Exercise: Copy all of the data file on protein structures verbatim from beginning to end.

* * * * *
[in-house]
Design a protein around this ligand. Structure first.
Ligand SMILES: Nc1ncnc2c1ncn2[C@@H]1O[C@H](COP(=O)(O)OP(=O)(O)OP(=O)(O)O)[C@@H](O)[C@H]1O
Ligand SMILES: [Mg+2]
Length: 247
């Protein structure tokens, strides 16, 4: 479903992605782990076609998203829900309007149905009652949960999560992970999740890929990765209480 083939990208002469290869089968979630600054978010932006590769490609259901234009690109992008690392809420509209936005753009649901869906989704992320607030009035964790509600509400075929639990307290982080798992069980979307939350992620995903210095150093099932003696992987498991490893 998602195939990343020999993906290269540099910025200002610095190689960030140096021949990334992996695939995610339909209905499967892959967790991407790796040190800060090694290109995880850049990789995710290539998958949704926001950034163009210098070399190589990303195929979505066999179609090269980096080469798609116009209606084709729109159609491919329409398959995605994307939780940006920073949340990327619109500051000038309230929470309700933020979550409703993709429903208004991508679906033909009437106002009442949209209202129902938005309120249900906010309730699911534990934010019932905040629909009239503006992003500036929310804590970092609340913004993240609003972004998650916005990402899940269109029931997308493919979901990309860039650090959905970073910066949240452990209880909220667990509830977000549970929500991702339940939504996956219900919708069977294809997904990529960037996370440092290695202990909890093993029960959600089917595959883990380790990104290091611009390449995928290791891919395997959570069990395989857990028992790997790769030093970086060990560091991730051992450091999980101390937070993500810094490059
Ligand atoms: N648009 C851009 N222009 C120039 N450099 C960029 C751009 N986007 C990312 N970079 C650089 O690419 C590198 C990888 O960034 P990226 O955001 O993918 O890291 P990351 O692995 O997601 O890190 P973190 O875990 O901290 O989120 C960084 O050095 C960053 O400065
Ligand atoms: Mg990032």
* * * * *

[in-house]
Design a protein around this ligand. Structure first.
Ligand SMILES: Nc1ncnc2c1ncn2[C@@H]1O[C@H](COP(=O)(O)OP(=O)(O)OP(=O)(O)O)[C@@H](O)[C@H]1O
Ligand SMILES: [Mg+2]
Length: 247
């Protein structure tokens, strides 16, 4: 479903992605782990076609998203829900309007149905009652949960999560992970999740890929990765209480 083939990208002469290869089968979630600054978010932006590769490609259901234009690109992008690392809420509209936005753009649901869906989704992320607030009035964790509600509400075929639990307290982080798992069980979307939350992620995903210095150093099932003696992987498991490893 998602195939990343020999993906290269540099910025200002610095190689960030140096021949990334992996695939995610339909209905499967892959967790991407790796040190800060090694290109995880850049990789995710290539998958949704926001950034163009210098070399190589990303195929979505066999179609090269980096080469798609116009209606084709729109159609491919329409398959995605994307939780940006920073949340990327619109500051000038309230929470309700933020979550409703993709429903208004991508679906033909009437106002009442949209209202129902938005309120249900906010309730699911534990934010019932905040629909009239503006992003500036929310804590970092609340913004993240609003972004998650916005990402899940269109029931997308493919979901990309860039650090959905970073910066949240452990209880909220667990509830977000549970929500991702339940939504996956219900919708069977294809997904990529960037996370440092290695202990909890093993029960959600089917595959883990380790990104290091611009390449995928290791891919395997959570069990395989857990028992790997790769030093970086060990560091991730051992450091999980101390937070993500810094490059
Ligand atoms: N648009 C851009 N222009 C120039 N450099 C960029 C751009 N986007 C990312 N970079 C650089 O690419 C590198 C990888 O960034 P990226 O955001 O993918 O890291 P990351 O692995 O997601 O890190 P973190 O875990 O901290 O989120 C960084 O050095 C960053 O400065
Ligand atoms: Mg990032």